“ Parnasavari dwells in a forest glade high on a mountainside. Her beauty reflects the allure of the forest. Her skin glistens with emerald light; the healing sap of trees flows in her veins; her limbs are robust and supple as saplings. Parnasavari adorns herself with nature’s finery: feathers, flowers, fruit, and berries. A skirt made of leaves sways around her hips as she dances in her primeval bower. Thus arrayed in tribal splendor, she wanders in a state of joyous, primal rapture, alive to the colors, fragrances, and textures of the forest. Her woodland home is a treasure trove of botanical riches and medicinal secrets....”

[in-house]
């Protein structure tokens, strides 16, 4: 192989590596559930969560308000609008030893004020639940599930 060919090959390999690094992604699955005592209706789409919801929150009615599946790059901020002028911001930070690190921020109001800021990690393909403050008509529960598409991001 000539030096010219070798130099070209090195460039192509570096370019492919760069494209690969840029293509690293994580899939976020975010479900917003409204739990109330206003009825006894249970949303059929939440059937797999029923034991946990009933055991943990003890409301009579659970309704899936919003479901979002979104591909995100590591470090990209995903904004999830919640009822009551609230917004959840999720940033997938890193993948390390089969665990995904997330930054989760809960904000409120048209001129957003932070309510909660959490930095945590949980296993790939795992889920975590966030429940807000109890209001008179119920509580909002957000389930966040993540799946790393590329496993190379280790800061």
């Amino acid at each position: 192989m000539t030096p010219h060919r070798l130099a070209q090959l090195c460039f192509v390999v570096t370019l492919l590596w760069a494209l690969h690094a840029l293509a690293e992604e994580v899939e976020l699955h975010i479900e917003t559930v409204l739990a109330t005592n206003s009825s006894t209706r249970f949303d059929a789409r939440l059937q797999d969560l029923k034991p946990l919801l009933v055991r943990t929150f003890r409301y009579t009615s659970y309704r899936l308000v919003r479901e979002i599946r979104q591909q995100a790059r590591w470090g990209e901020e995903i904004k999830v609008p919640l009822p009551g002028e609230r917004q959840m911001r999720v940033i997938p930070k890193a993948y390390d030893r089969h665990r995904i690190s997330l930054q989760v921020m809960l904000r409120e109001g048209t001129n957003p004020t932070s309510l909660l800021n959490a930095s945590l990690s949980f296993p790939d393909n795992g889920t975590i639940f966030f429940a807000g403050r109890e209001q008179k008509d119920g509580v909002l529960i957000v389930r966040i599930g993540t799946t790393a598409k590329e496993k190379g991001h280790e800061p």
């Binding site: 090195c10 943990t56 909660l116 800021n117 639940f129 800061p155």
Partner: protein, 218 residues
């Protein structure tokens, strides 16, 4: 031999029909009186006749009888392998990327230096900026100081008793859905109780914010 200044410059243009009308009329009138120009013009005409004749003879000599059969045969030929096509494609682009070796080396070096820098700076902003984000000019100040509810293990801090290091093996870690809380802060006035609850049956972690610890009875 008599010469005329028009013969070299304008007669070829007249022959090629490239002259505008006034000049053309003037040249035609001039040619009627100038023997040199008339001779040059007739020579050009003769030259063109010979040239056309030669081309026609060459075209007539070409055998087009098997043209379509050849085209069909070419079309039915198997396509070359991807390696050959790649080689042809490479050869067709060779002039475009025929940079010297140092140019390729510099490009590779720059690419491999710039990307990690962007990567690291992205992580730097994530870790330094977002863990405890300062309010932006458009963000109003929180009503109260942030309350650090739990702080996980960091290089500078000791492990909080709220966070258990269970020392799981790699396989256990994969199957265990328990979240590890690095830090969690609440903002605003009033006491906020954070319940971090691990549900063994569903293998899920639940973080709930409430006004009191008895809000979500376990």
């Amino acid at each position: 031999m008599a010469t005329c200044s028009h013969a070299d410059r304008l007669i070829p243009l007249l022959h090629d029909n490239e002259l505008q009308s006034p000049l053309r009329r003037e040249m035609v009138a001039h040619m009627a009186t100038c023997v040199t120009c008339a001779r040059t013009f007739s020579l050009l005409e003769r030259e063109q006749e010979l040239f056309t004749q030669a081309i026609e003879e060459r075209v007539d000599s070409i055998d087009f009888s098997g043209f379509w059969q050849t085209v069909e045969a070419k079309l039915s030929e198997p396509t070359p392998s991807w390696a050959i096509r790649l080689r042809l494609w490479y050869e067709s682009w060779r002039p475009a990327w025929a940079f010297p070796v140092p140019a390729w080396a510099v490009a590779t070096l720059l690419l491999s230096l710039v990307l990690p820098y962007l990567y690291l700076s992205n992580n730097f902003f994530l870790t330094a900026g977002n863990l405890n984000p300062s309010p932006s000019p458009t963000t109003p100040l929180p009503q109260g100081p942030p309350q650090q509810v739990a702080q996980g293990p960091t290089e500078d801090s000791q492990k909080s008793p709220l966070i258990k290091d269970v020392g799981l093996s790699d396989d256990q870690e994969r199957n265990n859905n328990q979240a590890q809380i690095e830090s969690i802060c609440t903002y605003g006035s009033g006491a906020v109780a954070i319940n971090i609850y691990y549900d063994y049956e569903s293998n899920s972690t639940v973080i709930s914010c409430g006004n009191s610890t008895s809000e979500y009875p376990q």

Shaw then conducts a thorough analysis of each goddess (see list below) including origin, development, iconography, sphere of influence, methods of worship, geographical areas of influence, temporal and regional variations, tantric manifestations, conflicting interpretations, relationships with other gods and goddesses, etc. Shaw’s sources include her own translations and extensive field work in South Asia. Most goddesses are illustrated with multiple photos and the book includes 16 stunning color plates.
This systematic approach consistently gives rise to new insights, illuminating roles, iconography and relationships among gods and goddesses that have previously been obscure. The author’s focus on feminine deities has caused some to criticize her as a “feminist.” My perception is that she is a realist, conducting research where previous scholars have missed crucial connections, or chosen not to make them. In this regard, her groundbreaking scholarship is similar to Trudy Jacobsen’s work "Lost Goddesses:The Denial of Female Power in Cambodian History".